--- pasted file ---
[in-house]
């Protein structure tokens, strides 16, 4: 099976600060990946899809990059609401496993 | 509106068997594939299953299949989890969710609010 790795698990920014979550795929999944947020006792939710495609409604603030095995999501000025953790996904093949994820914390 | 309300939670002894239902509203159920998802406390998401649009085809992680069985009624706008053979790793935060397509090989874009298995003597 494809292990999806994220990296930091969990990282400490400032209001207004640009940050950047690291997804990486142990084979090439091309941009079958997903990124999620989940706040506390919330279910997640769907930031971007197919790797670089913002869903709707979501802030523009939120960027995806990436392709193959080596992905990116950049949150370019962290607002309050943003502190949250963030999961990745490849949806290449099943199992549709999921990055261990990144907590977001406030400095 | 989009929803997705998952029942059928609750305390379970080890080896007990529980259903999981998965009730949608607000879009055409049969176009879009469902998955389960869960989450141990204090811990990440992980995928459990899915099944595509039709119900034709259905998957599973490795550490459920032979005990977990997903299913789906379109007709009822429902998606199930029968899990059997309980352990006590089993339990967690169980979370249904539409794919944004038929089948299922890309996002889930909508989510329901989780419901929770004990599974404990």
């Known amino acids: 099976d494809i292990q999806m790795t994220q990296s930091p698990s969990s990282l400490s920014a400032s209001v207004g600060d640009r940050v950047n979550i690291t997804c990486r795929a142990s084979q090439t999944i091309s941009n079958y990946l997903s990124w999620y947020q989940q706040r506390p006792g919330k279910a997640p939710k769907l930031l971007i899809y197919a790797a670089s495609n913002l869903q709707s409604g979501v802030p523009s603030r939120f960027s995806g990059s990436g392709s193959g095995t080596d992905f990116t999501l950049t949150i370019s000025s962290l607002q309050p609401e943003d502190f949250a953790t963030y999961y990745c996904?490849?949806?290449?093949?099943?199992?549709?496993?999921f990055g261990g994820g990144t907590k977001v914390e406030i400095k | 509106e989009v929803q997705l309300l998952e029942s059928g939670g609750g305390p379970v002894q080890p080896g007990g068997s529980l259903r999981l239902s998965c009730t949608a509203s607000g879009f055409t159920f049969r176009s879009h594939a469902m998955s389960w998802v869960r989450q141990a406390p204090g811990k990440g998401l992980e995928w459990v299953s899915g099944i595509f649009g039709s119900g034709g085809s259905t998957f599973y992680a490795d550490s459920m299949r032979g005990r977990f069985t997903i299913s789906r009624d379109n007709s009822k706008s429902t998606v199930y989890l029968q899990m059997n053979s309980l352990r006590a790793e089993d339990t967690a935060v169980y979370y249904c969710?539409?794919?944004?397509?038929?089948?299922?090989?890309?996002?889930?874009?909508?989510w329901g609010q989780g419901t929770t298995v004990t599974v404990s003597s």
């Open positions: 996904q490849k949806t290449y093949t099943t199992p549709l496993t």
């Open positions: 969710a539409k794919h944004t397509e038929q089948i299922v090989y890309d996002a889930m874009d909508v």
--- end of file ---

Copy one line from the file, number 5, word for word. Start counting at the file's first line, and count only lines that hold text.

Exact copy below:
């Open positions: 969710a539409k794919h944004t397509e038929q089948i299922v090989y890309d996002a889930m874009d909508v």